American Association for Cancer Research

AACR Cancer Policy Monitor


                                                                                                    AUGUST 2010


House and Senate appropriators match president's funding recommendation

By Mary Lee Watts, M.P.H., R.D.

Director, AACR Government Relations

Prior to adjourning for a month-long August recess, House and Senate appropriators advanced fiscal year 2011 spending bills that would provide the National Institutes of Health (NIH) with a $1 billion increase, matching the amount requested by President Obama in February.

The House Appropriations subcommittee with jurisdiction over NIH funding, as well as the full Senate Appropriations Committee each approved measures that would boost the NIH budget by 3.2 percent over the FY2010 appropriation and bring the total budget to $32 billion (see chart below). Both bills would also allow NIH to use up to $50 million for the new Cures Acceleration Network, which was established by the health care reform legislation passed earlier this year.

The funding increases, if retained during the next steps of the appropriations process (approval by the House Appropriations Committee and the full House and Senate), would represent NIH's largest appropriations percentage increase in eight years. However, the total budget would still fall short of the level that NIH has been operating with over the last two years owing to the additional short-term $10 billion investment provided through the American Recovery and Reinvestment Act.

NIH champion, Sen. Arlen Specter (D-Penn.) implored fellow appropriators to approve a more significant increase for the agency. “We're talking about life and death,” he declared before the Senate Appropriations Committee, specifically citing cancer statistics and improvements in cancer survival rates that have resulted from investment in NIH research. His amendment to increase NIH funding by an additional $1 billion, to bring the total budget to $33.7 billion, was readily defeated, however, by a vote of 2-28, as it would have required an across-the-board cut on all other programs in the bill.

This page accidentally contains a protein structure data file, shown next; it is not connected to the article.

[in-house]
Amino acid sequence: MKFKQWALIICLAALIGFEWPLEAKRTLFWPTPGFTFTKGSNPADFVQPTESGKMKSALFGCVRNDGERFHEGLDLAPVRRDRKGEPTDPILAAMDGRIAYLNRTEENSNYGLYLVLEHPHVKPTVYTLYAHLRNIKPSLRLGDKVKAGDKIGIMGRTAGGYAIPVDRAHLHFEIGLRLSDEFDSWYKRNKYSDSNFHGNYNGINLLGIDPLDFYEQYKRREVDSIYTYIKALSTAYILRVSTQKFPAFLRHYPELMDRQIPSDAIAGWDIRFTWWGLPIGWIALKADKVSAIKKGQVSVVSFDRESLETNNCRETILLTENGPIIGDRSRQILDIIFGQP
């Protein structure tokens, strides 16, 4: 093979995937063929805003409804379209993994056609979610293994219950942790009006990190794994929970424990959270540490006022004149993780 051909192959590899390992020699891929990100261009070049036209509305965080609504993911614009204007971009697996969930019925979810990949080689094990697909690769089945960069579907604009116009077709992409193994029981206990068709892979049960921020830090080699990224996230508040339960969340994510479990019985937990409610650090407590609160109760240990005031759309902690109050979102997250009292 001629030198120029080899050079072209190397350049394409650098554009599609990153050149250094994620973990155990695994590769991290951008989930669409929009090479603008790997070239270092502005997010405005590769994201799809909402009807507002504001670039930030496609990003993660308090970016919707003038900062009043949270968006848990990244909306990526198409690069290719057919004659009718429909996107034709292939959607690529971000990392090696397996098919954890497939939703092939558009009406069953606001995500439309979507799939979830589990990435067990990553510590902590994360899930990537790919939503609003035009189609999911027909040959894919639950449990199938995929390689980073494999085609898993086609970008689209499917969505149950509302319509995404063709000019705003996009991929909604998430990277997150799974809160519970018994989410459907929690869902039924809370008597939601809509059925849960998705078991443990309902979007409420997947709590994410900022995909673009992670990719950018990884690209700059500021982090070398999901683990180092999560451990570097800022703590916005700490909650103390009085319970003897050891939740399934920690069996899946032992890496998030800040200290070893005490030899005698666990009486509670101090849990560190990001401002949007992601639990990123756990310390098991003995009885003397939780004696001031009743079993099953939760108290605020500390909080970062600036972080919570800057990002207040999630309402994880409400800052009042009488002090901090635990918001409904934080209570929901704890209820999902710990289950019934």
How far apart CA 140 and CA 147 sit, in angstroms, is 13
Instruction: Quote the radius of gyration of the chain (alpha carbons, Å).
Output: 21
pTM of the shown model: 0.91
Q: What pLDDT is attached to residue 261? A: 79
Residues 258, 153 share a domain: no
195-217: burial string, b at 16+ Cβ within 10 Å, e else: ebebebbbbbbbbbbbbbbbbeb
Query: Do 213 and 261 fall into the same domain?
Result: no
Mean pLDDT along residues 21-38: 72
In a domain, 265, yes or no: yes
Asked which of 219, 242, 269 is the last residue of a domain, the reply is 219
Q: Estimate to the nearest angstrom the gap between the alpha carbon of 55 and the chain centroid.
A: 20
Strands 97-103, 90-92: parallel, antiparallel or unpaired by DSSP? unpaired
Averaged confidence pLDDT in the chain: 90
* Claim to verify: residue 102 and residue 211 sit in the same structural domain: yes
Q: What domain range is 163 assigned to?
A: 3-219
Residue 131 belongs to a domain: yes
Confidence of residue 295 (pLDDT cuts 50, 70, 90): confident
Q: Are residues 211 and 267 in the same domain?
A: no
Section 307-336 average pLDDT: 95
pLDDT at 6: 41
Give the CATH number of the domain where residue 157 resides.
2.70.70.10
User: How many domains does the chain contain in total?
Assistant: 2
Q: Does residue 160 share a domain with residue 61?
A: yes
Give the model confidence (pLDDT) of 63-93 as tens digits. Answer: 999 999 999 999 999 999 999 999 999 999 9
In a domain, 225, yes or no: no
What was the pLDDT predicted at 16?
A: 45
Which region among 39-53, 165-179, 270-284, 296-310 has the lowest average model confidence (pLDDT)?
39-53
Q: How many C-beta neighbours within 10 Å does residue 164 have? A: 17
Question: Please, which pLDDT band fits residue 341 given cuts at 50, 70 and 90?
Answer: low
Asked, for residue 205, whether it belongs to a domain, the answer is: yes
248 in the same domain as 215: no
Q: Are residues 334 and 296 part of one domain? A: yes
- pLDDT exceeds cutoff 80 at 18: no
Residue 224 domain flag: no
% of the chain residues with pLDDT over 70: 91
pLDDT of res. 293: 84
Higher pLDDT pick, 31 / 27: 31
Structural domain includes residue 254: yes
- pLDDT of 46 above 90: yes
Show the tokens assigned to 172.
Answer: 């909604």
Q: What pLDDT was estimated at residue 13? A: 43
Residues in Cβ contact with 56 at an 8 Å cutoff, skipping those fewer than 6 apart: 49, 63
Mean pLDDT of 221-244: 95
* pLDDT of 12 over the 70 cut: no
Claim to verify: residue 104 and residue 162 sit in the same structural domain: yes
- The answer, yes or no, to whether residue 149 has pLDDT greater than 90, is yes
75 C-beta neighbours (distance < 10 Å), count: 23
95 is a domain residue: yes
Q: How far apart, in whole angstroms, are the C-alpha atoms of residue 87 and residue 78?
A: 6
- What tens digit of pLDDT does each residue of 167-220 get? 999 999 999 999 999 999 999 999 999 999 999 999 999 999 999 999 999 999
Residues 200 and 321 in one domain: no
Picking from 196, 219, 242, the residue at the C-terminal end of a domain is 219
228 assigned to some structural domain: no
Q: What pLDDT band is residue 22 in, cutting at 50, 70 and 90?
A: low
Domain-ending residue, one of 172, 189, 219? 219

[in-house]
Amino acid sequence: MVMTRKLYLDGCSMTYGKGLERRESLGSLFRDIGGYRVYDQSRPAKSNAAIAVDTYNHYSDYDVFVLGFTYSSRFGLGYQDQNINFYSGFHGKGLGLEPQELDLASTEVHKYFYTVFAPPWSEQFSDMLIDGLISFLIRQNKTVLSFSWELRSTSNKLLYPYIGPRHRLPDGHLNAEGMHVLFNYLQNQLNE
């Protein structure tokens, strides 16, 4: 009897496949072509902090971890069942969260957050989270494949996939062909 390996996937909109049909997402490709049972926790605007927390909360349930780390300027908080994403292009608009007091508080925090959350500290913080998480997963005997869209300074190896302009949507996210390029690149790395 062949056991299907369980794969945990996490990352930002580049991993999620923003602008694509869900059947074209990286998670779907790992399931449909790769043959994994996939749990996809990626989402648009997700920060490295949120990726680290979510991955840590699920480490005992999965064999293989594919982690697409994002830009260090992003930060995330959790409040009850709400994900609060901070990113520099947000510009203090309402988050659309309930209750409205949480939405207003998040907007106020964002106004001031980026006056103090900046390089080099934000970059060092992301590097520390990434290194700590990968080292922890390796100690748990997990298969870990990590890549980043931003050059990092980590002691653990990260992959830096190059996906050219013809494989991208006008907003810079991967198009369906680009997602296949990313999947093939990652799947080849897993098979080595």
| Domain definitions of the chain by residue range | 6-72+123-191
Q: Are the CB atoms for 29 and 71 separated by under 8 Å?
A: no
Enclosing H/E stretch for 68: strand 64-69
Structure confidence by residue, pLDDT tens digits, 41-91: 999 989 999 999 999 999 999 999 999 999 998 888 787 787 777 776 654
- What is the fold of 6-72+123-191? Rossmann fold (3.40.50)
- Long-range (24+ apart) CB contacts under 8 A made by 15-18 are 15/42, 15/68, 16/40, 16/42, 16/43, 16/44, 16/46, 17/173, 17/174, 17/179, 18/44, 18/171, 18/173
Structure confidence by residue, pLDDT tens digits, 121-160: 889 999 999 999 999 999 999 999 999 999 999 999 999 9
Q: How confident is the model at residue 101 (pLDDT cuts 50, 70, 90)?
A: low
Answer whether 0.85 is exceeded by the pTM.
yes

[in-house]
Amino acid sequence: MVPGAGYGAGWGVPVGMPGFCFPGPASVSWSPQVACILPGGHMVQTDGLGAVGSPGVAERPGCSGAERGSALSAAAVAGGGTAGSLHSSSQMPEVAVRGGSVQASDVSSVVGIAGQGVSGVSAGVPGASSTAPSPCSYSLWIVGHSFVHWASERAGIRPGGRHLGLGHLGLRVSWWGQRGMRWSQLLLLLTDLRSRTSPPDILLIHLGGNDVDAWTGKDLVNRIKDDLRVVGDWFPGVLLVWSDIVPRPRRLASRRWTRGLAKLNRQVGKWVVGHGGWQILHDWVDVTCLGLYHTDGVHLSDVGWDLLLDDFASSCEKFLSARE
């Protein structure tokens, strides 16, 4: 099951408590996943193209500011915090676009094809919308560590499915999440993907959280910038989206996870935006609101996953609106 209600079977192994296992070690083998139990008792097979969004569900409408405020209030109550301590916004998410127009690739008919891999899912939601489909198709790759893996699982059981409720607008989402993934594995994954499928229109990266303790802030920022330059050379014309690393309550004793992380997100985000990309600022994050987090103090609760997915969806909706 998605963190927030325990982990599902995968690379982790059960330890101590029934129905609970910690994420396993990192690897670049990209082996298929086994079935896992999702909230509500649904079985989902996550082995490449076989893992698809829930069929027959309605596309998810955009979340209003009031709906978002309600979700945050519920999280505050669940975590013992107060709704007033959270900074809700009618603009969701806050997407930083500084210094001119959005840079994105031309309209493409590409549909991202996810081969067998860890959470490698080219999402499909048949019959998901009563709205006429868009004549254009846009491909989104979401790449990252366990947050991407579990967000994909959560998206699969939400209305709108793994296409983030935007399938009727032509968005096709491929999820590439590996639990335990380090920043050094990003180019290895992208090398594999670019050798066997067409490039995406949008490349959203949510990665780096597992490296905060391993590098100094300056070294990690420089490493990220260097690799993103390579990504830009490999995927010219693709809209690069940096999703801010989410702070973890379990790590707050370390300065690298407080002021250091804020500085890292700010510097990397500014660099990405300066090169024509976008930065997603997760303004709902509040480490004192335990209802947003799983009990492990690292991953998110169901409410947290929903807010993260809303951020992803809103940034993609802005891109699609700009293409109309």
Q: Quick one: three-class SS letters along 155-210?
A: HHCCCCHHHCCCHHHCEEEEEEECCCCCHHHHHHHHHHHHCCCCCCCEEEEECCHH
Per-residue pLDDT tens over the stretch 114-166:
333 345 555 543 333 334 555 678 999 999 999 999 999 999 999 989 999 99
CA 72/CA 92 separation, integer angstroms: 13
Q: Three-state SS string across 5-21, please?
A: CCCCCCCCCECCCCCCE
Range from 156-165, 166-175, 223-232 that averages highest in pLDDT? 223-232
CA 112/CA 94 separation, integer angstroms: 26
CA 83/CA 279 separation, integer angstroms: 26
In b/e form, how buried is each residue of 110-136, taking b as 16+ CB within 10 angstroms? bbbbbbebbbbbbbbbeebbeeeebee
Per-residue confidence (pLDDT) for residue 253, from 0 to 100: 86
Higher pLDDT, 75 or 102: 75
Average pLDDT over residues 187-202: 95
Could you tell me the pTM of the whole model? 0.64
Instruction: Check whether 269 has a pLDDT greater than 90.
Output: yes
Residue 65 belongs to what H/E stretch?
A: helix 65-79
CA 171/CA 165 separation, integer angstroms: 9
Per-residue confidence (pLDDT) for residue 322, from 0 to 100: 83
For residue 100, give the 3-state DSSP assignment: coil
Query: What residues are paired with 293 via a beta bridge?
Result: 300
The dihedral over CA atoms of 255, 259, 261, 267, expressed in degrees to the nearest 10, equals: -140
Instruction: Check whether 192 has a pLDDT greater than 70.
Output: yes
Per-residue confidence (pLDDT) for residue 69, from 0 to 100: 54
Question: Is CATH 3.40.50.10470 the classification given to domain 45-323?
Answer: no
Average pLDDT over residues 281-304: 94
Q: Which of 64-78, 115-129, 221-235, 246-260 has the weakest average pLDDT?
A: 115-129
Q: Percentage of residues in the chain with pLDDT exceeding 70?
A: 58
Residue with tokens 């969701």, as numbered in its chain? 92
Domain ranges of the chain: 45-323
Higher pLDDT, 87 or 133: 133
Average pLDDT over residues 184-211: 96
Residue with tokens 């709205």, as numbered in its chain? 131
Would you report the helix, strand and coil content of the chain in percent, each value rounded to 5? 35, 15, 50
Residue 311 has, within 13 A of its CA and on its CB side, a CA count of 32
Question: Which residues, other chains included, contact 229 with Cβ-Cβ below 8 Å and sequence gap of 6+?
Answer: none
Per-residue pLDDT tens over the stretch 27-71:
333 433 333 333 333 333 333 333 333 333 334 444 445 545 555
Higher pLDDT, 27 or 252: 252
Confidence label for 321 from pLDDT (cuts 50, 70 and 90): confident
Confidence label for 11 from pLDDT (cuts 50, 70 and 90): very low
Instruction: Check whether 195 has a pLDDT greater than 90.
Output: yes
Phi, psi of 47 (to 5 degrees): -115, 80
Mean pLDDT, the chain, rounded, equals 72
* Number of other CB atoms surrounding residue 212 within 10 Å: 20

The National Cancer Institute would receive a 3.2 percent, or $162 million increase, under the House version and a slightly smaller increase of 3 percent, or $153 million, under the current Senate version.

In other action, the Senate Appropriations Committee approved a spending bill that would provide the U.S. Food and Drug Administration with a total of $2.5 billion in total funding—$154 million above FY2010 and equal to the president's request. In the House, appropriators are considering a slightly higher level of $2.57 billion in total funding—$209 million above FY2010, although it has not been acted upon by the full House Appropriations Committee.

Members will return to Capitol Hill from the August break on Sept. 14, though further action on appropriations will likely be deferred until after the November elections. History shows that Congress, especially the Senate, has difficulty moving spending bills during election years. Further complicating the process is the anticipated Dec. 1 release of a report from the president's fiscal commission, which will outline recommendations for reducing the federal deficit. Given the attention to the deficit and the contentious political environment, the general consensus is that Congress will pass a continuing resolution this fall to fund the government at FY2010 levels into 2011. 


FY2011 Proposed Investments in Biomedical Research (in millions)








House Subcommittee


Senate Committee







(3.2% increase)


(3.2% increase)


(3.2% increase)


(13.5% increase)




(3.2% increase)


(3.2% increase)


(3% increase)


(13.5% increase)




(6% increase)


(9% increase)


(7% increase)


(13.5% increase)


* One Voice Against Cancer (OVAC) is a coalition of more than 40 cancer-related organizations, including the AACR.

Note: FY2009 and FY2010 funding levels do not reflect funds provided through the American Recovery and Reinvestment Act of 2009.


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